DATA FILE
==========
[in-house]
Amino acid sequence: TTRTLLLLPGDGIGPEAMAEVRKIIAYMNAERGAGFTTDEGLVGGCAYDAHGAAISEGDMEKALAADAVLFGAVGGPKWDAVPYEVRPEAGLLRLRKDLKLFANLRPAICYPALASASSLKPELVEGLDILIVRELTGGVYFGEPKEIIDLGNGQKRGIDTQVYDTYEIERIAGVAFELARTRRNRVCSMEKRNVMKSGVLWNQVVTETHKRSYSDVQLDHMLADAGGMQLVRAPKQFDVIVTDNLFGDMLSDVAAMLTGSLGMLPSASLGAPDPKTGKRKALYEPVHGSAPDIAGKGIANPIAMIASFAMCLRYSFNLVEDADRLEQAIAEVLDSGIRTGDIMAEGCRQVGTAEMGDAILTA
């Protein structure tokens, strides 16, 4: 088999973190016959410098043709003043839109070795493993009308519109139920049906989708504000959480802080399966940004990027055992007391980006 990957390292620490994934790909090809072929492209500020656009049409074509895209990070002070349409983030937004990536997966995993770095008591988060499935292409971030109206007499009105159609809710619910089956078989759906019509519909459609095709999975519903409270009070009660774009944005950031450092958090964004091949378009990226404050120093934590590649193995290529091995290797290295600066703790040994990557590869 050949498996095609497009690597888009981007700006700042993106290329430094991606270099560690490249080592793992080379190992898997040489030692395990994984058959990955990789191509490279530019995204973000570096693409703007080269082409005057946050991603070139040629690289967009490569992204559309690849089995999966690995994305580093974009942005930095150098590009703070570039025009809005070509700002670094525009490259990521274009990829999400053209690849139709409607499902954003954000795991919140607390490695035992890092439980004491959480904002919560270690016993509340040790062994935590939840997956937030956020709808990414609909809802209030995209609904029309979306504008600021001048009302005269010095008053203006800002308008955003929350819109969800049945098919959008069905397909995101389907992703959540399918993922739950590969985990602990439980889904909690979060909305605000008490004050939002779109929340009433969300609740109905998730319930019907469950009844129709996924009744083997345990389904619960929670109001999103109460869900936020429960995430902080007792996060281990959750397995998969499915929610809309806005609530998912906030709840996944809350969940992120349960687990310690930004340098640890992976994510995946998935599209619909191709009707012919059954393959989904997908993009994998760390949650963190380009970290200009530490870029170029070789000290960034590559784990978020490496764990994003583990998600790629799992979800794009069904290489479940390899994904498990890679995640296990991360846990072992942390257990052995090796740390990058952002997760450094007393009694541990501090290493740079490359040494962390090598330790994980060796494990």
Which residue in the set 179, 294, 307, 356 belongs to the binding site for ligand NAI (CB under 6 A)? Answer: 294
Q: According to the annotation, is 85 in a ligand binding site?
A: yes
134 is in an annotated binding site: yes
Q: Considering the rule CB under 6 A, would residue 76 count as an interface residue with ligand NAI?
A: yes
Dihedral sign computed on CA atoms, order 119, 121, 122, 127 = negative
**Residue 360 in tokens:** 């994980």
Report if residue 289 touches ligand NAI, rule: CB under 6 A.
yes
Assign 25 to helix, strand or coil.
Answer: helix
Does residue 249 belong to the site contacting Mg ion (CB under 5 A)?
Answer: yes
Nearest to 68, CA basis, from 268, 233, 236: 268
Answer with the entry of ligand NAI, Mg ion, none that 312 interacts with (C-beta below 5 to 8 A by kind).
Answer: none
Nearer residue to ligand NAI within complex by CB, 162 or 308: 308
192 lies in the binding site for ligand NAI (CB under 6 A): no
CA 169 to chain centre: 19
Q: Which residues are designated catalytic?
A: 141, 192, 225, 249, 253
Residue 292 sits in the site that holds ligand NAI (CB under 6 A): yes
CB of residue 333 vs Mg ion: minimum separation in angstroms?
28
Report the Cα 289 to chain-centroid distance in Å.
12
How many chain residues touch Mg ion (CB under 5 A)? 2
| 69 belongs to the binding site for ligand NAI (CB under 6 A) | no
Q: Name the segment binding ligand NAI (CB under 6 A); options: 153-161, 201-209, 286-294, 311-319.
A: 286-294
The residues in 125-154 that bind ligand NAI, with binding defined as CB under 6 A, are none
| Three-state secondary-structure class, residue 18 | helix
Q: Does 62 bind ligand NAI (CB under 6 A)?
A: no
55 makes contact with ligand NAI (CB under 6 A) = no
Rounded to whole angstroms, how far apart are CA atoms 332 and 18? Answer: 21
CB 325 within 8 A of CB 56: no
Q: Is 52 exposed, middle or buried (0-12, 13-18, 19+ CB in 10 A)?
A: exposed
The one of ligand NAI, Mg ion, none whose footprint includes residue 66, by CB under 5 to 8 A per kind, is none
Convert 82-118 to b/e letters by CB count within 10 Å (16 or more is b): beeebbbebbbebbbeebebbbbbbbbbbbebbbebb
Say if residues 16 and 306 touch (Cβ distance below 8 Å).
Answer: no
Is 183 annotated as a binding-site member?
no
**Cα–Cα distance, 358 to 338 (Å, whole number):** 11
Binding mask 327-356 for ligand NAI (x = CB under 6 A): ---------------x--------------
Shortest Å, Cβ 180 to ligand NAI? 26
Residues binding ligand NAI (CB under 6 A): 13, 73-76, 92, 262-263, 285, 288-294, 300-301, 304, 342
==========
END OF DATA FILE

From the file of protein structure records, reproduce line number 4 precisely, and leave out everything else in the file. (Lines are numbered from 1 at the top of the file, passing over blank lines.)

Which residue in the set 179, 294, 307, 356 belongs to the binding site for ligand NAI (CB under 6 A)? Answer: 294